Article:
At first glance, the Enneagram (pronounced ANY-uh-gram) is a personality-typing system that helps us understand who we are and what motivates us. In reality, it’s much more than that.

The Enneagram identifies nine ways of seeing and experiencing the world and describes with amazing accuracy how we think, feel and act. It is a helpful tool for navigating all kinds of relationships because it not only helps us understand ourselves, but also gives us compassion for other people in our lives. The Enneagram itself doesn’t change us, but it helps us see who we truly are and gives us clear steps for transformation, to be more like Jesus.

Join Enneagram teacher Casey McCollum on the Wednesday of Summit, Sept. 19, and learn which of the nine types you identify with as well as how to use the Enneagram for yourself, your home congregation, work or family.

Find more information about speakers, times and locations at acu.edu/summit.



  • “The world should hold Christians to a high standard, but not to one higher than we hold for ourselves. Grace is not a pass for bad behavior. The love Christ has for us compels us to manifest  a quality of human generosity and kindness that surpasses what any law could legislate. When we claim to belong to Christ, others should expect to experience something special through us.” – Don McLaughlin, Love First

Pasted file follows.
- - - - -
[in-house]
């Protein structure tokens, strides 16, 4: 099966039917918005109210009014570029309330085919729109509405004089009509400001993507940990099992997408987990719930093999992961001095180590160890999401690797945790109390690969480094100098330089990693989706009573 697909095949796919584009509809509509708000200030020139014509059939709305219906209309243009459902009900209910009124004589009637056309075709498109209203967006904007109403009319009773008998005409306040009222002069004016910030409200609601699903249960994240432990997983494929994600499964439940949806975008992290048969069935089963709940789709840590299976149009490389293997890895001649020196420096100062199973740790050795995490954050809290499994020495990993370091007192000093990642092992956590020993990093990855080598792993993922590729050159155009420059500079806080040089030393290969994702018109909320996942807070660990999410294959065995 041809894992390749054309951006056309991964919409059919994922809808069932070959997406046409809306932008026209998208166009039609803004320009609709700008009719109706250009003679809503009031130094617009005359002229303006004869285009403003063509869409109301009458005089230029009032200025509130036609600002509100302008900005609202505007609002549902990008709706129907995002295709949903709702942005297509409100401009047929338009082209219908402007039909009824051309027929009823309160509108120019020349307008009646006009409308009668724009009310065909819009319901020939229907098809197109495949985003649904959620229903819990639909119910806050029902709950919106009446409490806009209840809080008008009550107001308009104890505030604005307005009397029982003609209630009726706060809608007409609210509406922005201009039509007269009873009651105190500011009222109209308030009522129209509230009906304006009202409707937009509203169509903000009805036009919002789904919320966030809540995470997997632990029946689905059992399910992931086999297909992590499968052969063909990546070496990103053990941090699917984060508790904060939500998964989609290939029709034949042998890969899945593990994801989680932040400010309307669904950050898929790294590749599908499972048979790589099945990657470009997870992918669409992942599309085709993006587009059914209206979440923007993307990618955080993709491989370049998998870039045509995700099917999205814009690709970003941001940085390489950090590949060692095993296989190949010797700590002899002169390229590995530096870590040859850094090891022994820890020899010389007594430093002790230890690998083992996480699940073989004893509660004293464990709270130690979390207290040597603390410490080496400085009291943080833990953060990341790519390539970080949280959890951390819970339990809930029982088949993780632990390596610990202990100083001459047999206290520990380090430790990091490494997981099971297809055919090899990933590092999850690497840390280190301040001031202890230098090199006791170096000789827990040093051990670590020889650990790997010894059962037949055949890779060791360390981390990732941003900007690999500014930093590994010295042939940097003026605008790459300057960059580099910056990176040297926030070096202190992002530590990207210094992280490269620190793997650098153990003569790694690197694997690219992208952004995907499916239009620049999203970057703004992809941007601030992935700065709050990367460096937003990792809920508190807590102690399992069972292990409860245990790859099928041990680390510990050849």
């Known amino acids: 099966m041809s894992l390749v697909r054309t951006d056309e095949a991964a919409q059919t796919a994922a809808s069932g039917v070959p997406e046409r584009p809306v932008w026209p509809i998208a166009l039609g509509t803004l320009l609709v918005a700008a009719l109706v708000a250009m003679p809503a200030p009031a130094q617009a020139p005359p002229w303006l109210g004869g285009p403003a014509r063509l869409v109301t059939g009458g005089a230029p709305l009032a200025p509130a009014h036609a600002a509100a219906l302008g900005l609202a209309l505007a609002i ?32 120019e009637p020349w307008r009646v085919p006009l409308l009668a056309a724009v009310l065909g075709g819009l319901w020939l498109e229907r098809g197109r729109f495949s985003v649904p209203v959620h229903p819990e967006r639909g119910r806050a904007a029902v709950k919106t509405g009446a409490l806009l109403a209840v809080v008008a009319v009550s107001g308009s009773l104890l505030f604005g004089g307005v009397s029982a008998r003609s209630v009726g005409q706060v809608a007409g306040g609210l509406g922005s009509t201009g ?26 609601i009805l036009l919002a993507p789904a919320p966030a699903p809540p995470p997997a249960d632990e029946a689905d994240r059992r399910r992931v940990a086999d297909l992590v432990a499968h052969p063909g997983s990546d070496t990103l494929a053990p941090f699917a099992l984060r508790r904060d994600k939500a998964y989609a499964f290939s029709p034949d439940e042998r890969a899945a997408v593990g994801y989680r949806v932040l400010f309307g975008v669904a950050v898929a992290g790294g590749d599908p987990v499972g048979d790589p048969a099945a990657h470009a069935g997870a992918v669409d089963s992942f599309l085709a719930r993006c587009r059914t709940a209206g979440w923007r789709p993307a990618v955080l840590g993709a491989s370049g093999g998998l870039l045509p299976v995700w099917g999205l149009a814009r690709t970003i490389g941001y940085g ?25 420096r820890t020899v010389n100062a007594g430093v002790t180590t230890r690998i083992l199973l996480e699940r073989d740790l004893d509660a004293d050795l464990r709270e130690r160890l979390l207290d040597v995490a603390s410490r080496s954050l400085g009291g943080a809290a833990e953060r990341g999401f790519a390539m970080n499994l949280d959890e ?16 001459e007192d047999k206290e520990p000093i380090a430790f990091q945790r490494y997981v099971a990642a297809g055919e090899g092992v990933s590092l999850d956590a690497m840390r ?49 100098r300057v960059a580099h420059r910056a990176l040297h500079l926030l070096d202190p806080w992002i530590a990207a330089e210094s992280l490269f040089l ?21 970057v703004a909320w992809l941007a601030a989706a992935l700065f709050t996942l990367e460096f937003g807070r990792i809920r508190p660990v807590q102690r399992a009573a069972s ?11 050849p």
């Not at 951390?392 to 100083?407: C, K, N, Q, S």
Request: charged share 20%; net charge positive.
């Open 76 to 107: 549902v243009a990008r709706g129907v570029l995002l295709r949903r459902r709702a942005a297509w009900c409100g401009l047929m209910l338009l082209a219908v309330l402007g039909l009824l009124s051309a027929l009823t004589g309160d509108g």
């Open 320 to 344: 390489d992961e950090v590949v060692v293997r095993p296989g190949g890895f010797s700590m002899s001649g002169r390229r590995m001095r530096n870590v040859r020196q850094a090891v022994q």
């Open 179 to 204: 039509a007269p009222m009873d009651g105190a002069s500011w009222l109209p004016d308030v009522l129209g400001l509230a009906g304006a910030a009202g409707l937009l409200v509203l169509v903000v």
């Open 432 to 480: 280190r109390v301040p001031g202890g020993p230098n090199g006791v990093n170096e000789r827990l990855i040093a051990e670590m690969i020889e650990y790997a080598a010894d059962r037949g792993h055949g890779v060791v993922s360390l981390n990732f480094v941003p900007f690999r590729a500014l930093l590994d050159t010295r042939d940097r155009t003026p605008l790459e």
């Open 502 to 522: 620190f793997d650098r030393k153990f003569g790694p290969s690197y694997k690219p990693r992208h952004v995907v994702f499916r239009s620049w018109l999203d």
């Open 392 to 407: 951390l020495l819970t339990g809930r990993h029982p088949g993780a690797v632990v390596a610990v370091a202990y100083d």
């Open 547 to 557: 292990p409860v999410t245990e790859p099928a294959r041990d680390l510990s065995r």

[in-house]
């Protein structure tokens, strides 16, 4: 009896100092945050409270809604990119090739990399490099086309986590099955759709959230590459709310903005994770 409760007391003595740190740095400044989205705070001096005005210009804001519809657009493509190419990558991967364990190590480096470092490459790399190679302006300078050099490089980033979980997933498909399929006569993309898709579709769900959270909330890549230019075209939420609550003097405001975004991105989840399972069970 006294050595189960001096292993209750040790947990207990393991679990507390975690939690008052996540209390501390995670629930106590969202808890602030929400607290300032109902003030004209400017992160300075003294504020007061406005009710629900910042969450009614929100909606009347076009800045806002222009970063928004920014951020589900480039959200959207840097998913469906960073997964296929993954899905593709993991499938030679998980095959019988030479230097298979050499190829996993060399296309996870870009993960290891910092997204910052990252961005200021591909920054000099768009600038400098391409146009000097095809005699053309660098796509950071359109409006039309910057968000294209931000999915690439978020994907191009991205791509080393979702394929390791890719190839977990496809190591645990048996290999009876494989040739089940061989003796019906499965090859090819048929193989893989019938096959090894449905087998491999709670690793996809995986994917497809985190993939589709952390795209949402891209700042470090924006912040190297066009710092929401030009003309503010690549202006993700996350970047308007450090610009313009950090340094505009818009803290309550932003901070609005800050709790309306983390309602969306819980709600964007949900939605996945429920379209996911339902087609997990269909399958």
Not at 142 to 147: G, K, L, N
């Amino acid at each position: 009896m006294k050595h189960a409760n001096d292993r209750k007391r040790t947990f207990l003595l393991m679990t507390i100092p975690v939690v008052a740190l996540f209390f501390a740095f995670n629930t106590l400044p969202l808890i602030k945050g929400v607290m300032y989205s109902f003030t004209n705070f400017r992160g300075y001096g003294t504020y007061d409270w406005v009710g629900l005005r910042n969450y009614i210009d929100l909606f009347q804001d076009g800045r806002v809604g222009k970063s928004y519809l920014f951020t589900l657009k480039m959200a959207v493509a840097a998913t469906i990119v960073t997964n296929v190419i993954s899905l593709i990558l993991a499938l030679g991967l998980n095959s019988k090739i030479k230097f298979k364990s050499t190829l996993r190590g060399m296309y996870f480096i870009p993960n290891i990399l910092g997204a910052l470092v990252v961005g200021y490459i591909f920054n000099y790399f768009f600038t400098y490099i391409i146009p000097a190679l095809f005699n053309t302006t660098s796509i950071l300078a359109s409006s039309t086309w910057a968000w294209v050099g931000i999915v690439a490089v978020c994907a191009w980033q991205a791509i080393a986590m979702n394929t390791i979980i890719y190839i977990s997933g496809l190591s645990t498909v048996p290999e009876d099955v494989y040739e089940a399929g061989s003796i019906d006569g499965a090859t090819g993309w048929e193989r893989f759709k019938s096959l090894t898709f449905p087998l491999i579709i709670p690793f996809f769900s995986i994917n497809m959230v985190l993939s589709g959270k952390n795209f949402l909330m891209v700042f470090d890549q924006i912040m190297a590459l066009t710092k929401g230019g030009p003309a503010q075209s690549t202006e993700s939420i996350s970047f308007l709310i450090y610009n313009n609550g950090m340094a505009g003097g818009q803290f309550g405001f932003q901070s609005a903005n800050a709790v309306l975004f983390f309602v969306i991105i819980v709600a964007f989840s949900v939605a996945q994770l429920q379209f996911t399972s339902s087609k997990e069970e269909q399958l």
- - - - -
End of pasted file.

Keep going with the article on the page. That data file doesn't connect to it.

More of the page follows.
• “Jesus spends a whole night in prayer prior to making the most important decision of his ministry – the appointing of the apostles. For Jesus, decision making is not just a matter of calculating pros and cons and weighing in on this or that – it is seeking the mind of the Father, who is generous with wisdom.” – Randy Harris, “Spirituality for the Busy, Frantic, and Overwhelmed,” in Like a Shepherd Lead Us: Guidance for the Gentle Art of Pastoring (Dr. David Fleer and Dr. Charles Siburt, Editors)